Kenai Peninsula Borough Mayor Charlie Pierce speaks at the Tuesday, Jan. 15 at the Alaska LNG Advisory Committee meeting in Nikiski. (Photo by Victoria Petersen/Peninsula Clarion)

Kenai Peninsula Borough Mayor Charlie Pierce speaks at the Tuesday, Jan. 15 at the Alaska LNG Advisory Committee meeting in Nikiski. (Photo by Victoria Petersen/Peninsula Clarion)

Nikiski awaits decision on LNG pipeline project location

LNG project not affected by shutdown, more data requests from FERC

The timeline for the Alaska LNG project — a planned 806-mile pipeline that would carry natural gas from the North Slope to a liquefaction plant and terminal in Nikiski — has not been affected by the federal government shutdown, but progress on the Alaska Stand Alone Pipeline has been halted due to the shutdown, according to a recent community update.

“We’re waiting on a signed record of decision from both the Corps of Engineers and the Bureau of Land Management,” said Lisa Parker, Alaska Gasline Development Corporation’s stakeholder engagement manager, at the Jan. 15 Alaska LNG Advisory Committee meeting. “That has been affected by the shutdown. We don’t know when we will receive those records of decisions. Once we receive them, the only outstanding issues with ASAP would be getting state local permits that would be required.”

Parker also said the Federal Regulatory Commission is requesting more data for the Alaska LNG project.

“We thought we received the last data request, however, our Christmas present on Dec. 26 was a note from FERC with 91 additional data requests,” Parker said.

She said the majority of data requested is engineering related, and they won’t affect the draft environmental impact statement, which is set to be released by the end of February.

Parker said they plan to respond to all of the data requests by June. As of last Tuesday, the project has received 1,655 data requests from FERC. All but 111 data requests have been responded to.

Both Valdez and the Matanuska-Susitna Borough have expressed interest in housing the Alaska LNG project, but the likelihood of the Alaska LNG project staying in Nikiski seemed high after Parker’s update. In the last two months, formal resolutions supporting the Alaska LNG project in Nikiski have been passed borough wide, from the Kenai Peninsula Borough Assembly, the Kenai Peninsula Economic Development District, and the cities of Kenai, Soldotna, Homer, Seward and Seldovia.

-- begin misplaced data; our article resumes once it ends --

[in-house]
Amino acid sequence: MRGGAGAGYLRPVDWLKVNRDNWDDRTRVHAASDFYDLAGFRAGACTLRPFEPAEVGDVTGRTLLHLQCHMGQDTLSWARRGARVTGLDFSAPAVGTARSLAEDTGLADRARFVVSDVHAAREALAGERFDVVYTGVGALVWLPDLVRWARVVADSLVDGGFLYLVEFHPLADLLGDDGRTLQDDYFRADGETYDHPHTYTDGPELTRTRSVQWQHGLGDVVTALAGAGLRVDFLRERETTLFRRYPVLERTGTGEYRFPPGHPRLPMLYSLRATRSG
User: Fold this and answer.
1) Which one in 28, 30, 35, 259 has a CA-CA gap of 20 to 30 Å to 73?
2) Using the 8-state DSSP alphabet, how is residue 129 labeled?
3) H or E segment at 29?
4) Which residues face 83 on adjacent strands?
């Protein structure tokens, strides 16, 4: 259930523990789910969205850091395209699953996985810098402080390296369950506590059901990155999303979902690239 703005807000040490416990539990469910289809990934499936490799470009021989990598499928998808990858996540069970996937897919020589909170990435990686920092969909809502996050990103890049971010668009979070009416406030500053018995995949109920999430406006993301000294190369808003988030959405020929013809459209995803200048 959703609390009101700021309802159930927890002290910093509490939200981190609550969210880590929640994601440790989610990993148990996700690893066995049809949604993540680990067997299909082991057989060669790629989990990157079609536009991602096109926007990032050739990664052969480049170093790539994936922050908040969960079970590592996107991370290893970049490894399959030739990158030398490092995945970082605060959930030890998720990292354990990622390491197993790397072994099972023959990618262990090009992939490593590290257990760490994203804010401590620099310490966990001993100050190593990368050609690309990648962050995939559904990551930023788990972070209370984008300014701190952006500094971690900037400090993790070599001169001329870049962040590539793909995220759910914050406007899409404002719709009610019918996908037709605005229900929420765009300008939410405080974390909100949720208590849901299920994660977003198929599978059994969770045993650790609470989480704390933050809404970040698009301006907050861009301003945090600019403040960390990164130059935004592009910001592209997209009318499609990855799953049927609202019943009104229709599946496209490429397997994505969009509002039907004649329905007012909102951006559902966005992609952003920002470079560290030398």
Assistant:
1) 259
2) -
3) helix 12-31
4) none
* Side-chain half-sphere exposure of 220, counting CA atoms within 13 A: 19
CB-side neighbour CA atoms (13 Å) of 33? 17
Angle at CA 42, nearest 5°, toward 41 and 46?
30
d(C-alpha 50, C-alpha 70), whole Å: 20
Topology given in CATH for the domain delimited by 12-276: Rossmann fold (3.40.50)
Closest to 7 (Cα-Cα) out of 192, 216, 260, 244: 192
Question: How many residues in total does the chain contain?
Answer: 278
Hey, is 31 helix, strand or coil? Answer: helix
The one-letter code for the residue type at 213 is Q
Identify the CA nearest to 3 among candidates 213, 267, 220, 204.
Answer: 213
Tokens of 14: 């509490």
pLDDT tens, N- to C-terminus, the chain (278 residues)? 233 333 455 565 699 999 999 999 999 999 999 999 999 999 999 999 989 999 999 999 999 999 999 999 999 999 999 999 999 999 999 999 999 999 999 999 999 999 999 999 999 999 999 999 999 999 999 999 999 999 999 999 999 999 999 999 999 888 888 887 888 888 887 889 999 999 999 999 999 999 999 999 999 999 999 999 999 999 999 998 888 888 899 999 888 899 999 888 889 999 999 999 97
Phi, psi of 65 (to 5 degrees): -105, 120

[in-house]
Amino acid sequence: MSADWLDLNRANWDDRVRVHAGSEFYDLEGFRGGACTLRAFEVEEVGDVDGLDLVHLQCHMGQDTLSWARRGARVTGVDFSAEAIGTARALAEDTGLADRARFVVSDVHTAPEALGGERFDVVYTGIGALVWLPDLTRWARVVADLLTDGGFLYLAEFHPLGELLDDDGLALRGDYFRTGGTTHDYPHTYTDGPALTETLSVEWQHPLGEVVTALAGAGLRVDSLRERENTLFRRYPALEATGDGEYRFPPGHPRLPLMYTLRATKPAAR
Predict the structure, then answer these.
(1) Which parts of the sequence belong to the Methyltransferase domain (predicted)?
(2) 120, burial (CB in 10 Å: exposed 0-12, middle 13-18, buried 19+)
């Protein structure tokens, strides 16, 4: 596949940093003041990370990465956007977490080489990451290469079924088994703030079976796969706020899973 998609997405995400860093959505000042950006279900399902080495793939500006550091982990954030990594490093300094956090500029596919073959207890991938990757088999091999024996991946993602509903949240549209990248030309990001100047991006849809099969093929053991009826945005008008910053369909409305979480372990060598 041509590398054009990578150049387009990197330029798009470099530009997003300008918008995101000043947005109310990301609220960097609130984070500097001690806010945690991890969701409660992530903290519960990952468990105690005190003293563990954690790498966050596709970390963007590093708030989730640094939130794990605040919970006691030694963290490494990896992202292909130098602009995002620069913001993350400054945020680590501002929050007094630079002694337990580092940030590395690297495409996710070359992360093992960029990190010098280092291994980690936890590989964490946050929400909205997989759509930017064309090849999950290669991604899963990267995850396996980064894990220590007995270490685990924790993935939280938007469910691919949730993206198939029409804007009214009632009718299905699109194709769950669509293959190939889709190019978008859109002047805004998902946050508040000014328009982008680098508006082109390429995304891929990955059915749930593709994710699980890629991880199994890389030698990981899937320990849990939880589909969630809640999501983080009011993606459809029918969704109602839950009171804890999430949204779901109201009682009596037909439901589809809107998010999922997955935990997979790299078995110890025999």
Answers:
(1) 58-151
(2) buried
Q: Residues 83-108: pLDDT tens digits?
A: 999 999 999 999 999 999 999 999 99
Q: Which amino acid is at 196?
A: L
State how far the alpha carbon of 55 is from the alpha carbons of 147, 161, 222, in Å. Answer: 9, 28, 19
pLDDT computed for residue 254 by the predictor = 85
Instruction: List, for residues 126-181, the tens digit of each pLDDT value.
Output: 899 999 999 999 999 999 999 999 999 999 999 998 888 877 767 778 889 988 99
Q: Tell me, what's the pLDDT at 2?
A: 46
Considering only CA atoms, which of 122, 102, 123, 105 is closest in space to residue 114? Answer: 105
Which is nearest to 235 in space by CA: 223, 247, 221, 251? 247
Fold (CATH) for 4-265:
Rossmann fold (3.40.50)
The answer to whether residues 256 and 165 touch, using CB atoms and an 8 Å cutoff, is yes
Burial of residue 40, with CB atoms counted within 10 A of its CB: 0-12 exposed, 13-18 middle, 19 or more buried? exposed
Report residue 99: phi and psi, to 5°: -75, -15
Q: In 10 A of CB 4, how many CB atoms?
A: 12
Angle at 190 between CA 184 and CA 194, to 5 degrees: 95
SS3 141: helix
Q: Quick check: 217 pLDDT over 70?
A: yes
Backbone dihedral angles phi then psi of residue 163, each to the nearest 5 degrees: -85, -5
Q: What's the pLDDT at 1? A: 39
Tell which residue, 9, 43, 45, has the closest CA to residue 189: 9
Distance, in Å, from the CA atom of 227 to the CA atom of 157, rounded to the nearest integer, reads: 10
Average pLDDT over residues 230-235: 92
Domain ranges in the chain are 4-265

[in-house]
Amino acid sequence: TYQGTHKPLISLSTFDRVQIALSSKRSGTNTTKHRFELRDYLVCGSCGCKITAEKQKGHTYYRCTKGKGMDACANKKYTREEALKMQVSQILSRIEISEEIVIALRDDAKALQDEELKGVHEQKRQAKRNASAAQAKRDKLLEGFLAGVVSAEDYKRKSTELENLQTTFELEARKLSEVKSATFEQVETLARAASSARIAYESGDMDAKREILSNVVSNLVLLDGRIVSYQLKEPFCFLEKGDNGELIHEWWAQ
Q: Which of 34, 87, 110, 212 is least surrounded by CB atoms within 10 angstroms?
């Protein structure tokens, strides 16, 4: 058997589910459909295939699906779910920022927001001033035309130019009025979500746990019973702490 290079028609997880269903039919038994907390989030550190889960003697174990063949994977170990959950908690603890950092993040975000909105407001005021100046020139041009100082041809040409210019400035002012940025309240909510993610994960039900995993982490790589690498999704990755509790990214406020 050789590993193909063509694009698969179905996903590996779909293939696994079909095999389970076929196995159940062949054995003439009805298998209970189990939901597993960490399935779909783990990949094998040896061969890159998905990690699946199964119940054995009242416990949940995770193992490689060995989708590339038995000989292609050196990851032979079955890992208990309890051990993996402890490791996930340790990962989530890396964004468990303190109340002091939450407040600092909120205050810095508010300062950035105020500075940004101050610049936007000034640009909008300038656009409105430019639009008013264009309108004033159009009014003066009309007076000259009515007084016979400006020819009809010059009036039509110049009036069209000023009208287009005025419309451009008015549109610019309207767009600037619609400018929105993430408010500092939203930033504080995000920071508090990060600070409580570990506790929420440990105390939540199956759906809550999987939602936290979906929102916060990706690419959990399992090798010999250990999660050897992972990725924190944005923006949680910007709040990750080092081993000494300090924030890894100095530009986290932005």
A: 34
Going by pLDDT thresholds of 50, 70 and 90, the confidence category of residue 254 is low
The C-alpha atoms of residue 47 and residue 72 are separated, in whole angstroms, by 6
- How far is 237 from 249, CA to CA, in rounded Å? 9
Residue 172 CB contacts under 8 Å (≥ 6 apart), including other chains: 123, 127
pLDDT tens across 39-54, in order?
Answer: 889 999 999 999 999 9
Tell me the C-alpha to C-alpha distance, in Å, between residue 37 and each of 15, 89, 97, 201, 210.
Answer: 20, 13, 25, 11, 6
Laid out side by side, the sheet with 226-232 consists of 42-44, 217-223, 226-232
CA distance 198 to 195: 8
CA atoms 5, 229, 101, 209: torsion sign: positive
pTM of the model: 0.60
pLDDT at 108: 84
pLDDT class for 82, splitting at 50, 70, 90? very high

“So you have support from Seward to Seldovia that the facility should be located here in your neighborhood,” Parker said.

The draft environmental impact statement coming at the end of February will identify a location for the Alaska LNG project. All of the work that has gone into identifying facilities and infrastructure would need to be replicated in those communities. The Alaska LNG project thus far has already cost tens of millions of dollars, Parker said.

“The draft (environmental impact statement) will identify a location for a liquefaction plant facility, which 99 percent of me says will be Nikiski,” Parker said. “Will there be people that challenge that and say we want it in other places? I suspect yes… I don’t see FERC coming back and identifying a different location.”

More in News

Teaser
Then Now: Looking back on pandemic response

Comparing messaging from 1918 to 2021

Damage in a corner on the inside of the middle and high school building of Kachemak Selo School Nov. 12, 2019, in Kachemak Selo, Alaska. (Photo by Victoria Petersen/Peninsula Clarion)
Repair costs rise as school facilities deteriorate

About $420 million worth of maintenance is needed at Kenai Peninsula Borough School District buildings.

Golden-yellow birch trees and spruce frame a view of Aurora Lagoon and Portlock Glacier from a trail in the Cottonwood-Eastland Unit of Kachemak Bay State Park off East End Road on Sunday, Oct. 3, 2021, near Homer, Alaska. (Photo by Michael Armstrong)
State Parks to hold meeting on Eastland Cottonwood unit

Meeting will include update on Tutka Bay Hatchery bill

Renewable IPP CEO Jenn Miller presents information about solar power during a meeting of the Kenai Peninsula Borough Assembly on Tuesday, Oct. 12, 2021 in Soldotna, Alaska. (Ashlyn O’Hara/Peninsula Clarion)
Company looks to build solar farm on peninsula

It would be roughly 20 times the size of the largest solar farm currently in the state.

Alaska State Troopers logo.
Soldotna Trooper arrested for multiple charges of child sex abuse

He has been a State Trooper in Soldotna since June 2020.

This photo shows the Alaska State Capitol. An Alaska state lawmaker was cited for driving with an open can of beer in his vehicle that another lawmaker said was actually his. (Peter Segall / Juneau Empire file)
Lawmaker cited for open beer fellow legislator says was his

Republican Sen. Josh Revak plans to challenge the $220 ticket.

Michael Penn / Juneau Empire File
This 2011 photo shows the Taku and Malaspina ferries at the Auke Bay Terminal.
Costs add up as ferry idled nearly 2 years

Associated Press The cost to the state for docking an Alaska ferry… Continue reading

The Federal Aviation Administration released an initiative to improve flight safety in Alaska for all aviation on Oct. 14, 2021. (Peter Segall / Juneau Empire File)
FAA releases Alaska aviation safety initiatives

The recommendations, covering five areas, range from improvements in hardware to data-gathering.

AP Photo / Becky Bohrer
The Alaska Capitol is shown on Wednesday, Oct. 13, 2021, in Juneau, Alaska. There is interest among lawmakers and Alaska Gov. Mike Dunleavy in settling a dispute over the Alaska Permanent Fund Dividend program, but no consensus on what the program should look like going forward.
Alaskans get annual boost of free money from PFD

Checks of $1,114 are expected to be paid to about 643,000 Alaskans, beginning this week.

Most Read